1. Int roduction
The traditional view of small business record keeping suggests that it is paper based and filed in a shoe box until such time that it is placed in the hands of the accountant for the preparation of the annual taxation return. Over the years the accounting profession and small business training providers have been trying to change the approach to record keeping adopted by small business operators, with a view to them holding better records and ultimately improving the management of their business. With the introduction of lower-cost and more user-friendly computerised accounting systems (CAS) there appears to be fewer obstacles to improved record keeping practices. This paper reports on the findings of a study that investigated small business usage of CAS. It begins with a review of the literature on the adoption of Information Technology (IT) and then considers the findings of the study in the context of the adoption factors identified. It concludes with a discussion of the issues that are associated with the usage of CAS and provides some direction for those organisations involved in advising small business operators about their record keeping.
2.0 EQUIPMENT FOR LAND PREPATION AND PLANTING OPERATION At the onset of the raining season, farmers are faced with the challenge of timely utilization of the soil moisture immediately the rain falls for planting operation. Failure to plant at the appropriate time can lead to poor crop establishment or even total failure a condition which is not desirable by farmers as this can greatly affect their productivity. Hence the need for a labour and time saving machines that will help farmers to fully maximize every useful time during planting season. In view of the above, Agricultural engineers and equipment fabricators have made concerted effort to develop several smallscale seed planters that have unique operational requirement in order to achieve maximum efficiency. Generally, planters can be categorized into Animal drawn, Hand held, Motorize and Tractor mounted.
B. Case study 2:
The second case study explores a different type of project with a number of special considerations. In this case, an existing limited SCADA solution was in place to read basic substation meter data, but only the G&T utility had primary access to the collected data. Knowing that the IEDs in its substations were capable of providing much more accurate data that was useful for planning and system management, the utility opted to pursue a new SCADA system. This system would collect data from substation IEDs in lieu of the antiquated substation meters, provide an interface for real-time monitoring and remote control, and use the new system to pass the required data to the G&T utility. The utility personnel had no expertise in SCADA systems or communications, but had a team that was willing and eager to learn. All information technology services for the utility are contracted to a third party, prompting the involvement of another team in the design and planning process. Upon initial inquiry, the utility had already explored the costs associated with deploying fiber optic links to its substations and found them to be prohibitive;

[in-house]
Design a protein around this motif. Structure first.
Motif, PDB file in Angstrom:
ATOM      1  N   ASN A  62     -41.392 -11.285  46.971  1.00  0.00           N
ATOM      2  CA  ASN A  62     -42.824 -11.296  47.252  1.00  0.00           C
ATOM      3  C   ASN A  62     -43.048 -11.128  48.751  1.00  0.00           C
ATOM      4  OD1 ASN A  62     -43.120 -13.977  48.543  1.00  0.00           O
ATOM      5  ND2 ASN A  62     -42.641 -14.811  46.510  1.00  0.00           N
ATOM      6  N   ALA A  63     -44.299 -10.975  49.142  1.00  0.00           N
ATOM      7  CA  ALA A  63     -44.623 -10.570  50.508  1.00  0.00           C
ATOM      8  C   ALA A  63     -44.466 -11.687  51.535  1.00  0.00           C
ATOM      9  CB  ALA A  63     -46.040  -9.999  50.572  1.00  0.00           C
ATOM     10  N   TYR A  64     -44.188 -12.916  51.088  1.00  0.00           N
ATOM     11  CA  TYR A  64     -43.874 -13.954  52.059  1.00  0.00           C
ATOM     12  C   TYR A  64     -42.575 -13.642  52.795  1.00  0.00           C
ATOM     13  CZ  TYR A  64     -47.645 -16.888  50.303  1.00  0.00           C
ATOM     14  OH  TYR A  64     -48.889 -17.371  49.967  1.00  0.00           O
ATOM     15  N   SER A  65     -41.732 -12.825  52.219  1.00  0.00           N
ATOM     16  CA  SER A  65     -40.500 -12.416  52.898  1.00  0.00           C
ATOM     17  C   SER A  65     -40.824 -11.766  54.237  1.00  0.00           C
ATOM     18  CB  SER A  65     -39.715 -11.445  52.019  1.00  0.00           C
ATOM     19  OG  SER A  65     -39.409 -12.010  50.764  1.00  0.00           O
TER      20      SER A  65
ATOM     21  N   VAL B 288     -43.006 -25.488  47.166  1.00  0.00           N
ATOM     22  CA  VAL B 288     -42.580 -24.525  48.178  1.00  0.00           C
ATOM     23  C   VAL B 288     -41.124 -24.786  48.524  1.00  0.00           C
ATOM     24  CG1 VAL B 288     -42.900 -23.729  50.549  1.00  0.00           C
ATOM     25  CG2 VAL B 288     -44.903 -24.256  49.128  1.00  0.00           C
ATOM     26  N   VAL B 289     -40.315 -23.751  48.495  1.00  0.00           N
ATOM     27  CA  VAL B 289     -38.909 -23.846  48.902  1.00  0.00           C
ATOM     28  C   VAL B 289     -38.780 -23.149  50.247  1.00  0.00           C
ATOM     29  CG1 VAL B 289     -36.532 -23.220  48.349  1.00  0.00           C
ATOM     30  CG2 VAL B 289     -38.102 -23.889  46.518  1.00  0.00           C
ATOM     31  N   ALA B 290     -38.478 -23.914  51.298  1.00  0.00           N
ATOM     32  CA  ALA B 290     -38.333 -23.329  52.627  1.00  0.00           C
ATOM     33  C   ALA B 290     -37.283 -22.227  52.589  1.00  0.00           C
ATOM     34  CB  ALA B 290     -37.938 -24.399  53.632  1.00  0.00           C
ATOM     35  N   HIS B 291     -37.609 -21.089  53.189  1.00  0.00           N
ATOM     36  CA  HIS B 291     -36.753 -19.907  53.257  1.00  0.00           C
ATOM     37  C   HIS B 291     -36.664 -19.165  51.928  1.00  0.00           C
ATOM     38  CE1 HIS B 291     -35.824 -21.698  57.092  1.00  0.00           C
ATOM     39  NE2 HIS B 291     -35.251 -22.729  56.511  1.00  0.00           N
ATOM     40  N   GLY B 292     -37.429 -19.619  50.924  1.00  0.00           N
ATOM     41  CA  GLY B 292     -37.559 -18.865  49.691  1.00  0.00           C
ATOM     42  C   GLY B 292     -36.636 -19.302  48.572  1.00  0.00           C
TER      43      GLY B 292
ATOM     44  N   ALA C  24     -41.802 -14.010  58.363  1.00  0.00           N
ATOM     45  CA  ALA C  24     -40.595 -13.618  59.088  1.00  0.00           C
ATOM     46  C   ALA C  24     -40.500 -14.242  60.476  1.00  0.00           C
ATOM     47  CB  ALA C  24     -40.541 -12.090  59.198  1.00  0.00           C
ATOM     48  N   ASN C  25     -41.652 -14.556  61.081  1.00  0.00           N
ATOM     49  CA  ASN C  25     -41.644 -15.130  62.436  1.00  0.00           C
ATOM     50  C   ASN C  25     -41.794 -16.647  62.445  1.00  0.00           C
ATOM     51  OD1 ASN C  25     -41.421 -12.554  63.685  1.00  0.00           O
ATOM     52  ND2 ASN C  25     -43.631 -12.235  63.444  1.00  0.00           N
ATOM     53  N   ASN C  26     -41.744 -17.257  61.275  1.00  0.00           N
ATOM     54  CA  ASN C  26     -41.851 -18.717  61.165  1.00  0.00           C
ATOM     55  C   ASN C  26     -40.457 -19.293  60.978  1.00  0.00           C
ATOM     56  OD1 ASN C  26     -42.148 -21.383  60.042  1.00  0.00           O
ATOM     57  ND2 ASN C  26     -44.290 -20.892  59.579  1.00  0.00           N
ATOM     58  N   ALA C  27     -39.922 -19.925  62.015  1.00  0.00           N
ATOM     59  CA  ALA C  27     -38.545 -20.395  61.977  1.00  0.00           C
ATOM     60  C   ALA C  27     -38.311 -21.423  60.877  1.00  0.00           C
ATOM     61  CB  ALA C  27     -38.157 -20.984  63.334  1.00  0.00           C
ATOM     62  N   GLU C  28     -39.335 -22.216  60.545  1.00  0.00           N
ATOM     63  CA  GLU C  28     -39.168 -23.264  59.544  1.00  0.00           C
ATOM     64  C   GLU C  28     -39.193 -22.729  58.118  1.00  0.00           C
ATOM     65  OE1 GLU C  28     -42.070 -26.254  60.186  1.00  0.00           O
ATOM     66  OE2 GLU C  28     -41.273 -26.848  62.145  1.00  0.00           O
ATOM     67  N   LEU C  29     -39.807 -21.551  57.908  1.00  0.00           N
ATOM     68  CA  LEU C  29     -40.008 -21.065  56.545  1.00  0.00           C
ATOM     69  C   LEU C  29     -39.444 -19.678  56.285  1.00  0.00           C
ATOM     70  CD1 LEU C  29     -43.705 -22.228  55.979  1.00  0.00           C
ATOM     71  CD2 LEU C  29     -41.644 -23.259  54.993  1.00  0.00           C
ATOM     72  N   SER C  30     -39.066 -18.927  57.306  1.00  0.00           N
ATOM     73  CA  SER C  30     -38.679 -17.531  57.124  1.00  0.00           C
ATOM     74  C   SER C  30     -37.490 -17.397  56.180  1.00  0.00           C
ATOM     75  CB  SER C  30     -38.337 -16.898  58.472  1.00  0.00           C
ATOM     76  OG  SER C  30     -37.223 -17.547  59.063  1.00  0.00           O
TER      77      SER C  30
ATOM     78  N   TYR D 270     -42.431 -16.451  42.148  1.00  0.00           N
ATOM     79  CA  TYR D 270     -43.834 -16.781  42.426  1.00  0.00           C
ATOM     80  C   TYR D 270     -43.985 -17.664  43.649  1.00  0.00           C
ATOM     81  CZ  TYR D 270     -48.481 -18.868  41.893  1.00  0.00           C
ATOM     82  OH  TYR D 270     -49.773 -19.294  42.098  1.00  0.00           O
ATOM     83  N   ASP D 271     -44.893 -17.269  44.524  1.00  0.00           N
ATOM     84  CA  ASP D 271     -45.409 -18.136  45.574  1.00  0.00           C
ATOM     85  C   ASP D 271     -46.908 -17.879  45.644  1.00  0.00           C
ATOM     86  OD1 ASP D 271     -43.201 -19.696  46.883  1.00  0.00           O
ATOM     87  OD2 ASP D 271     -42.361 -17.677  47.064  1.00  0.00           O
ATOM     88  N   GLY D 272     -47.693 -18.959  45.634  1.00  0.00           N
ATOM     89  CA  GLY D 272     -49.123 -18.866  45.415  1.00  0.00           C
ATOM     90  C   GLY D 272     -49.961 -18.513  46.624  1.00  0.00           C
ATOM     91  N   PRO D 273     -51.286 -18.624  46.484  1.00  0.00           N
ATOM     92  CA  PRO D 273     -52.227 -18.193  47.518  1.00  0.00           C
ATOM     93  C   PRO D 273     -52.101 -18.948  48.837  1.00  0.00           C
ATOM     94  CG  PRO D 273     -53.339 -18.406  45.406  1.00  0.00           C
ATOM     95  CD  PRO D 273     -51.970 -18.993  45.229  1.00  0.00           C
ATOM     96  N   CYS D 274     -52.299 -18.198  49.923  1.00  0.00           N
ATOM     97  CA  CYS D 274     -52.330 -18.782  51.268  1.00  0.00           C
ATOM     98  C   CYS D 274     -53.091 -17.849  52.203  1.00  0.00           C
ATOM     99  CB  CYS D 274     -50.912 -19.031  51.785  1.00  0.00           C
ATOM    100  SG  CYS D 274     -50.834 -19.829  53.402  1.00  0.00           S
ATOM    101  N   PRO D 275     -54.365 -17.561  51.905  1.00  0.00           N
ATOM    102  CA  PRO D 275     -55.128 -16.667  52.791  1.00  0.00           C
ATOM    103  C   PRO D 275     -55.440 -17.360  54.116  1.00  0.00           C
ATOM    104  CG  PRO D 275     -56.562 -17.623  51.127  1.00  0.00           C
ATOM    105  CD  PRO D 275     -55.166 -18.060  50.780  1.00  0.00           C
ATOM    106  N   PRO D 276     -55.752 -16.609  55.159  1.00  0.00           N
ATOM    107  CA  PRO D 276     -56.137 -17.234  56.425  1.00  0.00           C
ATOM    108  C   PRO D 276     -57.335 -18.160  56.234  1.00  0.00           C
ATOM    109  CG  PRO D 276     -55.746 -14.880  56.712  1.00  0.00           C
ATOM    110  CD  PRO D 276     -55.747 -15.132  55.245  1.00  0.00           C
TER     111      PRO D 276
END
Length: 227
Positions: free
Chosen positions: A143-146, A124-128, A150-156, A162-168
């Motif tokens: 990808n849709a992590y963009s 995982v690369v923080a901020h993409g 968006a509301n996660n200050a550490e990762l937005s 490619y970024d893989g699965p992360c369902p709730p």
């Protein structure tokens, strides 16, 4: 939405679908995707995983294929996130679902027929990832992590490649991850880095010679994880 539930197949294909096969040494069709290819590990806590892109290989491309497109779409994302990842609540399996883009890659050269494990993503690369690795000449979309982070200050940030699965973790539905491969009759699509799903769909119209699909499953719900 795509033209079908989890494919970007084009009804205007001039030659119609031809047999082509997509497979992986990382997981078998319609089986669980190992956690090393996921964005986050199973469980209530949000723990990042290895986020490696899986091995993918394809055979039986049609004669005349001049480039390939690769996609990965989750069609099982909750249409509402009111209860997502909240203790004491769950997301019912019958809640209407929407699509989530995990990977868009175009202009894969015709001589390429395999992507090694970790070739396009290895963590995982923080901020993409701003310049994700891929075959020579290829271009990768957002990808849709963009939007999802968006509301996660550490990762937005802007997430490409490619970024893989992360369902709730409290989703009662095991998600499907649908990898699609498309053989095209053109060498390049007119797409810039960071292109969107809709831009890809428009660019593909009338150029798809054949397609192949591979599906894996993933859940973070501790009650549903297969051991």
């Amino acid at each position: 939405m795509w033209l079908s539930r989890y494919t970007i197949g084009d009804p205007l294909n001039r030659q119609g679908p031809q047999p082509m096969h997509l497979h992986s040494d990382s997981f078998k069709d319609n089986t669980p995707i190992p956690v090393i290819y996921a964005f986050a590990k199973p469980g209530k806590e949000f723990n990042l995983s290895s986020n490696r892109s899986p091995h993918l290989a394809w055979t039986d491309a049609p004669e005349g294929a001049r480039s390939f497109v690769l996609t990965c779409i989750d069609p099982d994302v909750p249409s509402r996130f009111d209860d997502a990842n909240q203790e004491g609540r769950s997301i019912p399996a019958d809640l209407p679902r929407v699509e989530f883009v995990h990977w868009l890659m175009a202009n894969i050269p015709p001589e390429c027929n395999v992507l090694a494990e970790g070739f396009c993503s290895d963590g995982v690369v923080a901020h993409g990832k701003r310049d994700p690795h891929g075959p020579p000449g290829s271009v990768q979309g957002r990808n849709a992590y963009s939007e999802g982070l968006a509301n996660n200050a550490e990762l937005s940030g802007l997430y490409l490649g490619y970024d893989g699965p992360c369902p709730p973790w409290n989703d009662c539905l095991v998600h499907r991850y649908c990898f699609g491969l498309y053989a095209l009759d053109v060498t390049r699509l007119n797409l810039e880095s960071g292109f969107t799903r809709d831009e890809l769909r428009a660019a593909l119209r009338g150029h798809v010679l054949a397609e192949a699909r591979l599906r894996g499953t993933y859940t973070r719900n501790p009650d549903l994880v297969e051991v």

Malian households depend, in majority, on rain-fed agriculture for their food production. Overreliance on rain-fed agriculture limits the production output due to unreliable rainfall in the country. To mitigate this, the government has invested in rehabilitation of irrigation schemes to reduce dependence on rainfall. Through appropriate irrigation technologies and improved agronomic management practices agricultural productivity will be increased. This study determines the contribution of different irrigation systems to produce vegetables on household welfare in rural communities. The objective of the study was to contribute to improved livelihood of smallholder farmers in rural areas by use of irrigation systems in vegetables production. Three localities corresponding to two specific climatic regions favorable to vegetable crops production in Mali (Baguineda, Kati, Koulikoro region and Mopti region) was the study area. This study was guided by the production theory. Primary data was collected from 273 farmers selected proportionately from four wards (Fanafiecoura and Tieman, in Koulikoro region and Mopti and Dialango, in Mopti region) using face- to-face interviews. Secondary data from literature reviews was also used. Descriptive statistics and DEA functions were used for analysis. The Statistical Package for Social Scientists (SPSS), Stata and Excel programs were used for analysis. This study found that the irrigation systems as used in production of the three main crops to be characterized by inefficiency. Drip and sprinkling irrigation systems was relatively more economically efficient as compared with Californian system. The use of drip, sprinkling and Californian irrigation systems lead to greater benefits as compared to costs. The excess benefit (compared to costs) is realized more with drip followed by sprinkling and the third being California irrigation system. This study recommends more training and capacity building to the farmers in the study area with an aim of reducing their levels of inefficiencies in horticultural crop production. Farmers should be supported to adopt the use of drip, sprinkling and Californian irrigation systems which lead to greater benefits as compared to costs. Drip, sprinkling and Californian irrigation systems present a good opportunity for superior technical efficiency in vegetable production. These irrigation technologies should be promoted.